if the output tubes are triodes. There is the matter of grid-circuit resistance, however, which may be of considerable importance when adding only one additional pair in parallel.

Grid-circuit Resistance

The data on every output tube always includes a characteristic called Maximum Permissible Grid-Xo. 1 Circuit Resistance. This characteristic, as its name implies, shows the highest value of resistance which may be placed in the grid circuit. The value varies over a range of as much as five to one for a given tube, depending on whether fixed or cathode bias is used. Fixed bias always requires a lower value of resistor.

If a tube has a relatively low value of permissible grid-circuit resistance, than severe limitations are placed on the driver stage. The a.c. load resistance seen by the driver cannot be large. This will limit the gain or increase the distortion of the driver and often does both. Paralleling tubes always makes this problem worse, since as tubes are paralleled the permissible grid-circuit resistance is greatly reduced. (Halved for twTo pairs, divided by three for three pairs, and so on.) It may be greatly to our advantage then to include the maximum permissible grid circuit resistance as a factor in our Figure of Merit. In addition there are several other characteristics which we may w7ish to use.

TABLE III - COMPLETE FIGURE OF MERIT

TYPE_of_tube BIAS F1 EFFICIENCY x Rg (Megs) F2 COST (Relative to 6V6) F3
6V6 FIXED 11.1 .039 0.434 1.00 0.434
EL84 FIXED 23.4 .116 2.72 1.50 1.81
EL84         1.11 2.45
6L6 SELF 40.4 .236 9.55 2.00 4.77
6L6 FIXED 58.0 .042 2.44 2.00 1.22
5881 FIXED 58.0 .042 2.44 3.50 0.7
KT66 SELF 17.7 .215 3.8 3.50 1.08
EL34 SELF 15.7 .274 4.3 3.50 1.22
EL34 FIXED 19.0 ,203 3.85 3.50 1.10
6550 SELF 19.0 .092 1.75 5.50 0.32
6550 FIXED 50.7 .019 0.98 5.50 0.18
2A3 SELF 56.5 .1375 7.77 2.55 3.05
2A3 FIXED 127.0 .015 1.9 2.55 0.75
6CZ5 FIXED 65.0 .0475 3.1 1.27 2.45

TABLE IV - ADDITIONAL CHARACTERISTICS FOR TABLE III

TYPE BIAS Po Pin PLATE EFF. Rg Ph OVERALL EFF.
2A3 FIXED 15 44 .34 50 K 6.25 .30
2A3 SELF 10 30 .33 500 K 6.25 .275
6V6 FIXED 14 30 .467 100 K 5.65 .393
6L6 SELF 24.5 40.6 .604 500 K 11.3 .473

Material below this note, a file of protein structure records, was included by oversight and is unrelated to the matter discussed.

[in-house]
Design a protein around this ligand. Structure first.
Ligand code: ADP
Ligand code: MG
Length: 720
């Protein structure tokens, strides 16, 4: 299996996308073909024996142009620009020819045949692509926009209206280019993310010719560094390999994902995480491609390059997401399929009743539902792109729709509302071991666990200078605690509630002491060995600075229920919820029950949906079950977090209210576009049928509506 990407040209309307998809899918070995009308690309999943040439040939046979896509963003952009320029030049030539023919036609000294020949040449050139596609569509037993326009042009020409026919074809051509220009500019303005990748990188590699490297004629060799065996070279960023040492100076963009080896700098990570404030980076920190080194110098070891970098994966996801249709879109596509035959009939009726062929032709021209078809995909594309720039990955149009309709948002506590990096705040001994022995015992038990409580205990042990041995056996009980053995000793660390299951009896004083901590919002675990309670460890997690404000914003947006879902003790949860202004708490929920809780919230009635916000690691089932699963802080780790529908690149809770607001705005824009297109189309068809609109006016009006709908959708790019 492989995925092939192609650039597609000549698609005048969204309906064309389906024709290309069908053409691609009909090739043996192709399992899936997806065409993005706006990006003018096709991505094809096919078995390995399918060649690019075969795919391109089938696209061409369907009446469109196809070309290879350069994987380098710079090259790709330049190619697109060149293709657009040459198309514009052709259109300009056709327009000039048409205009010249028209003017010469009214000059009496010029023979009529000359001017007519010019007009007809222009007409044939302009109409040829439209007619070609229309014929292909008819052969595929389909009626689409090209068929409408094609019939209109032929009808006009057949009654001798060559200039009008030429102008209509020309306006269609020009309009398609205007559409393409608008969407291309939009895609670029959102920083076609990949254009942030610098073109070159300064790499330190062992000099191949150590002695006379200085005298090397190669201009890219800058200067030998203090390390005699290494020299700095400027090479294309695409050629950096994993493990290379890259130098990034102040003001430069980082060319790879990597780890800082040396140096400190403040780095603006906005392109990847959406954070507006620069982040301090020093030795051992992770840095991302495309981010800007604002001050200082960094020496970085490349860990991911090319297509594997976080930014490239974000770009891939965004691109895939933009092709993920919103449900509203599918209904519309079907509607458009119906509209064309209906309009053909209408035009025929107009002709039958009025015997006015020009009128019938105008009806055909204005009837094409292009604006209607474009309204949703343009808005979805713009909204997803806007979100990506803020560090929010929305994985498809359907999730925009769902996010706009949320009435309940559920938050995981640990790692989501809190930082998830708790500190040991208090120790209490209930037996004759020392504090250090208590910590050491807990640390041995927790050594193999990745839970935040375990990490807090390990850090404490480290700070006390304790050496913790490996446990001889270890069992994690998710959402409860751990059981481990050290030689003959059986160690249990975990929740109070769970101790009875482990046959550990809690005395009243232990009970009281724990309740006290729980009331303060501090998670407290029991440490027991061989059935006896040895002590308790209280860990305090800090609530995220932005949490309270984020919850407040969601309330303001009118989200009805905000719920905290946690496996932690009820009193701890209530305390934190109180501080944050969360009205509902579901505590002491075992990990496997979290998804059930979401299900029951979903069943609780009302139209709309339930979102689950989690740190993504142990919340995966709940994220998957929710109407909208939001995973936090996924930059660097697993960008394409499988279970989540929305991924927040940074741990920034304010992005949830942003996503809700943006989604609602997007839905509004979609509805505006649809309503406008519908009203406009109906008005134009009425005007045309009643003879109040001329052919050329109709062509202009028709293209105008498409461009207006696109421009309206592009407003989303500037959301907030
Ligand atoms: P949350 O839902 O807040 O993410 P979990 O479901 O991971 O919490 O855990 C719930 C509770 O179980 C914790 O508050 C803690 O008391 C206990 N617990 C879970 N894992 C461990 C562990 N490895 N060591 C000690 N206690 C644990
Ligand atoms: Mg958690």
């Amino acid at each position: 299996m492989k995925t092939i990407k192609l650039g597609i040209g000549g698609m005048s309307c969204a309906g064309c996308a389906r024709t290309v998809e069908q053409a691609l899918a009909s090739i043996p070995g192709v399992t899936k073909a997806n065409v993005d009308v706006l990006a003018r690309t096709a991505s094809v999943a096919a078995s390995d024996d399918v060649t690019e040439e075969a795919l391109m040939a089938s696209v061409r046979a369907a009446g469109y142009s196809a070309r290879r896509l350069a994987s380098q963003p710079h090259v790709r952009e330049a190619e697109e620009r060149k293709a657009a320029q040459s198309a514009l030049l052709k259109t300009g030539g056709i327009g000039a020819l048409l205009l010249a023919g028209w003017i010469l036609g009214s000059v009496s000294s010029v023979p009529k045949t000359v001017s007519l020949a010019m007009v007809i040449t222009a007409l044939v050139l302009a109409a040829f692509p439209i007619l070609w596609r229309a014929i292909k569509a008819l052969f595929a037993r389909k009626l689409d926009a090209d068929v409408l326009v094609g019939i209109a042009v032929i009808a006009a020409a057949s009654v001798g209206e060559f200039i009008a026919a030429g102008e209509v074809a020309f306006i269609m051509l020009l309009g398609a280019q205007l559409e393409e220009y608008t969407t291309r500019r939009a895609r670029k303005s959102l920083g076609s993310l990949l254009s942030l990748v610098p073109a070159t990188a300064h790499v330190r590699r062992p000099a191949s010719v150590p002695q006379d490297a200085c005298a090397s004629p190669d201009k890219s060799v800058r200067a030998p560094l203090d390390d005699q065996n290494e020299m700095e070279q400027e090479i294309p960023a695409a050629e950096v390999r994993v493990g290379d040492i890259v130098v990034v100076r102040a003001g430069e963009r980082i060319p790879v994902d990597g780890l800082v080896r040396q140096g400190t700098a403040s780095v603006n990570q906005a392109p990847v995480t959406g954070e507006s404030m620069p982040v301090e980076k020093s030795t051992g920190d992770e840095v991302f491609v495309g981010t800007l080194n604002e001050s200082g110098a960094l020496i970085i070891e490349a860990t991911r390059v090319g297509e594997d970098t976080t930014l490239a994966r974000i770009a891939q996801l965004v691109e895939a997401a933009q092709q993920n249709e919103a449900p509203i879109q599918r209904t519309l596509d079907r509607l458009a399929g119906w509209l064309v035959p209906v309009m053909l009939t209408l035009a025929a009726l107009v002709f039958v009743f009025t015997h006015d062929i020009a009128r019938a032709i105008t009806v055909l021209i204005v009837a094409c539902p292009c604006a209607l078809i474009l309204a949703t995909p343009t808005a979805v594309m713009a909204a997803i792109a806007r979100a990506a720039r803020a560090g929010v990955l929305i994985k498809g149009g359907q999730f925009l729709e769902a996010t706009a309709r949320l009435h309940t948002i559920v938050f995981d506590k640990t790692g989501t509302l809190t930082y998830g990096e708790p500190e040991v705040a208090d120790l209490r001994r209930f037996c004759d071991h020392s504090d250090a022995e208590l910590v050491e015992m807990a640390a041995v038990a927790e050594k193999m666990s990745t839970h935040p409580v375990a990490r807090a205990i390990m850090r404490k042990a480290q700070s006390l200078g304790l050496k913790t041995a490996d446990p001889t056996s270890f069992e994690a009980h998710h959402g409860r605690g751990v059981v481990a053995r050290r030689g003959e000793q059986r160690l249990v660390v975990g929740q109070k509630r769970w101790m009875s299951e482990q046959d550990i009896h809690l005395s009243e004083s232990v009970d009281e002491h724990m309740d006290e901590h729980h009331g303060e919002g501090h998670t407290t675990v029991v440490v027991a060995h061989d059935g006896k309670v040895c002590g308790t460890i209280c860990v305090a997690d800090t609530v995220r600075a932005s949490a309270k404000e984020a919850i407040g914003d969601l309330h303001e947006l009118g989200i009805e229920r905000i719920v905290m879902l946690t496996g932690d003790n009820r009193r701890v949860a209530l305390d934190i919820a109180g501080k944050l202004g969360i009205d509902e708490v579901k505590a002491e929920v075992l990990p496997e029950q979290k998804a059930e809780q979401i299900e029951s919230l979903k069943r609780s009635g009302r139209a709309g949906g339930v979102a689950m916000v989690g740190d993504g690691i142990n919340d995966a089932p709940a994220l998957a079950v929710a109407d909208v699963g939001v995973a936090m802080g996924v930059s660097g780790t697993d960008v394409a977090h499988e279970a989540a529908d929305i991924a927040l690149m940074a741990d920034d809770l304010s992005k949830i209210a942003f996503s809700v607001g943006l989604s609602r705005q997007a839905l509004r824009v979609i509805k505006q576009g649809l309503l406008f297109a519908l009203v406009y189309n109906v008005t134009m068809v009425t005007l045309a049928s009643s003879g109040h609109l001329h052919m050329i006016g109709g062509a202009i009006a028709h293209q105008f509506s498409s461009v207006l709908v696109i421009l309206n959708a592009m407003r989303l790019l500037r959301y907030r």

5881 SELF 24.5 40.6 .604 500 K li.3 .473
6L6 FIXED 26.5 51.55 .514 100 K 11.3 .422
5881 FIXED 26.5 51.55 .514 100K 11.3 .422
KT66 SELF 30 53.7 .56 500 K 16.0 .43
6550 FIXED 55 120.0 ,46 50 K 22.6 .386
6550 SELF 41 88 .465 250 K 22.6 .370
EL34 SELF 35 71 .495 700 K 18.9 .390
EL34 FIXED 55 116.0 .475 500 K 18.9 .407
EL84 SELF 17 34.2 .497 1000 K 9.6 .388
EL84 FIXED 17 34.2 .497 300 K 9.6 .388
6CZ5 FIXED 21.5 39.6 .543 100K 5.65 .475

Efficiency

The efficiency of the tube type is important. A good tube is one which converts a large percentage of the d.e. supply power into a.c. power. It would certainly be poor design if we added more cost and complexity to the power supply than we saved on the output stage. Let us then include plate-circuit efficiency as one of our factors.

The power required by the filament circuit may influence our opinion of a tube considerably. Tube A may appear to have a much higher efficiency than tube B, until we see that A's heater power more than makes up the difference in plate circuit efficiency. This is admittedly of minor interest to the home constructor, but as before he may omit this factor from his Figure of Merit if he so desires.

The final factor is that of cost. This may be taken care of easily by giving the cost of the lowest priced tube (6V6) the arbitrary value of 1, and then expressing the cost of any other tube as its ratio to the 6V6 cost.

A new table taking these factors into consideration is Table III. Table III has two Figure of Merit columns. The column headed F2 does not include cost while F3 does. Each of the new Figures includes the factors that went into making up the first Figure of Merit (Fj).

Die Erklärung der Formel :

The following are the formulas used:

F2 = Eff x Rgmax x F1
F3 = F2 x Cf

where Eff = Efficiency
Rgmax = Maximum grid-circuit resistance
Cf = Cost factor

Table IV lists the additional characteristics used to make Table III from Table II.

With these tables at hand the designer is now able to make a logical and systematic choice of output tubes. And if he chooses to omit certain factors it will not be from ignorance, but because he chose to give that factor an arbitrary value of 1. (Note that multiplying (or dividing) any Figure of Merit by one will not change its value.)

As new tubes are brought out they can be appraised by this method, and if new factors are considered important they can be added conveniently to the framework already established.
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Diese Ausführung über Leistungsröhren stammt aus 1959